The Sindh coastal region is located in the southeastern part of the country between the Indus border along the Sir Creek on the east, and the Hub River along the Balochistan coast on the west. This coastal region is about 350 km long and can be divided into the Indus Delta/Creek and Karachi coast.
The main vegetation found around the coastal areas are mangrove forests. Mangroves provide breeding ground for variety of fish, shrimps, crabs and other invertebrates and also are of great significance as a source of nutrients for fisheries. Since majority of the people residing near or around the coastal areas are engaged in fishing and related activities, mangroves make an important contribution to the local and national economy.
The most commonly distributed specie is Avicennia marina (Grey mangrove or Timar) that comprises 99% of the total vegetation.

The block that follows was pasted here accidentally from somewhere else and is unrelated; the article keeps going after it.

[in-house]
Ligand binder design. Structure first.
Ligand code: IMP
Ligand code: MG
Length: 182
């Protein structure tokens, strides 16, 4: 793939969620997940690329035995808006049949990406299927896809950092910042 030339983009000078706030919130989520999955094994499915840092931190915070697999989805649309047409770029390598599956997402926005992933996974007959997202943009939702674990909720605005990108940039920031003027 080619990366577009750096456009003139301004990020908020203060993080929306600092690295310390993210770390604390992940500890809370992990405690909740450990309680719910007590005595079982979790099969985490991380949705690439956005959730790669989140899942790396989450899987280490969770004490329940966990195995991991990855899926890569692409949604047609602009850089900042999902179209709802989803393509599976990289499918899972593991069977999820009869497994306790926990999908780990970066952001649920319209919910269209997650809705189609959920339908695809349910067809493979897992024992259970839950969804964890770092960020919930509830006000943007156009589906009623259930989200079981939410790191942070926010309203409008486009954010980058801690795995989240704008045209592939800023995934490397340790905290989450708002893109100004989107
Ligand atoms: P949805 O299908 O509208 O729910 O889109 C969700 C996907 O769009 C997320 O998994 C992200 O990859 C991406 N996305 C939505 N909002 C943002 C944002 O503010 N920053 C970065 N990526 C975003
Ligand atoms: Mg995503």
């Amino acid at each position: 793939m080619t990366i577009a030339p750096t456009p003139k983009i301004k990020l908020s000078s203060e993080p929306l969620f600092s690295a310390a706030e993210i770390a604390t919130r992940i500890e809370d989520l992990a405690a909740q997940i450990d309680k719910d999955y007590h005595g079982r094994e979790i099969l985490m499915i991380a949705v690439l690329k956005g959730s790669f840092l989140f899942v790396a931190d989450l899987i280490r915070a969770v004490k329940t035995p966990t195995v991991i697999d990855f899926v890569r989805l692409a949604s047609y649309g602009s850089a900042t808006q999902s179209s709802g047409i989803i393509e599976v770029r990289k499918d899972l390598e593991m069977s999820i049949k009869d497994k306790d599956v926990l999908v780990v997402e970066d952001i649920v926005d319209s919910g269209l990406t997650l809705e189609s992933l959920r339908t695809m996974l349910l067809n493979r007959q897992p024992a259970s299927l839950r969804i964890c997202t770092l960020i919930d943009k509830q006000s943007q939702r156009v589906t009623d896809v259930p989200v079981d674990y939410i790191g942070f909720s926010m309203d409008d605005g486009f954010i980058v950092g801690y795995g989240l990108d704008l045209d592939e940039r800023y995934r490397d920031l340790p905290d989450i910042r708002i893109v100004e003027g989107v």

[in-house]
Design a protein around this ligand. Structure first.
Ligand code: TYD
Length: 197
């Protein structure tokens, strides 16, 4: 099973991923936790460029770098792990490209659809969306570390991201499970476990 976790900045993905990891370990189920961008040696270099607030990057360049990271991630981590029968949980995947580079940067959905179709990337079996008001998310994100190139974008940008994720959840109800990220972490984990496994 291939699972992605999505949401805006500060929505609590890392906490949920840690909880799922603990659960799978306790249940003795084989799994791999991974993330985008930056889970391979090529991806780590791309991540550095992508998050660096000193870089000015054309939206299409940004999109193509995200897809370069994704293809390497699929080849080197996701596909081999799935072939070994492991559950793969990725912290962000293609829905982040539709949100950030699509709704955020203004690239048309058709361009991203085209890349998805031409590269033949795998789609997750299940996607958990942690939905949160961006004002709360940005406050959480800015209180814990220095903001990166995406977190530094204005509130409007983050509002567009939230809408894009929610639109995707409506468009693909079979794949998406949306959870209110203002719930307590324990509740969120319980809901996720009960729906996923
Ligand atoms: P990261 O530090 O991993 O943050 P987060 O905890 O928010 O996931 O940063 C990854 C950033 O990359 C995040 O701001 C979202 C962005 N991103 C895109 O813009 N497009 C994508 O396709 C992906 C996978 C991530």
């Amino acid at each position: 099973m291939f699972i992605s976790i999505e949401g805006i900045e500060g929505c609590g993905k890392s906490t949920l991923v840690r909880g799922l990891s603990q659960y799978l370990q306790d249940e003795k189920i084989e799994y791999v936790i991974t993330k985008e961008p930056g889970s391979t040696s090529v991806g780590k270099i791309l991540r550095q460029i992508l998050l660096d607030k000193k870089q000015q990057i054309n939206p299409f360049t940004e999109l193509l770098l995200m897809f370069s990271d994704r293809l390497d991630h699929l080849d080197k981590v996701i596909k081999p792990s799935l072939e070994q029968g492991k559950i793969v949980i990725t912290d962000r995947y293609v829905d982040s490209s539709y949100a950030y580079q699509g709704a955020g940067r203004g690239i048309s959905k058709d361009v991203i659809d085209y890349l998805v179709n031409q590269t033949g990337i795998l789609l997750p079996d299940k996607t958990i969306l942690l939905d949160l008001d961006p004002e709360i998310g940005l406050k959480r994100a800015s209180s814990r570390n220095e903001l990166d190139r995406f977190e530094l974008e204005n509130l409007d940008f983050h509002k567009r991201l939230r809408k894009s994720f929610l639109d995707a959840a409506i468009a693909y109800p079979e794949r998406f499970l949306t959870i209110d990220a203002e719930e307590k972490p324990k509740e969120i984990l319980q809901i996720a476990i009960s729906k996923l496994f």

The coastal wetlands attract a number of migratory birds, particularly waterfowl. Two species of turtles are also found in the shores of the Karachi coastline. These are the Green Turtle (Cheldnoia mydas) ad Olive Ridley Turtles (Lapidochely).
A major threat to the coastal biodiversity of Sindh is pollution. Untreated industrial effluents and agricultural run-off are the major sources of coastal and marine pollution. Effluents containing led, mercury and other heavy metals mainly from tanneries are most harmful to marine life, It is estimated that annually about 37,000 tonns of industrial waste is being dumped in the coastal environment of Karachi, whereas 20,000 tons of oil finds its way to beaches and harbours and the fishing grounds of Karachi annually.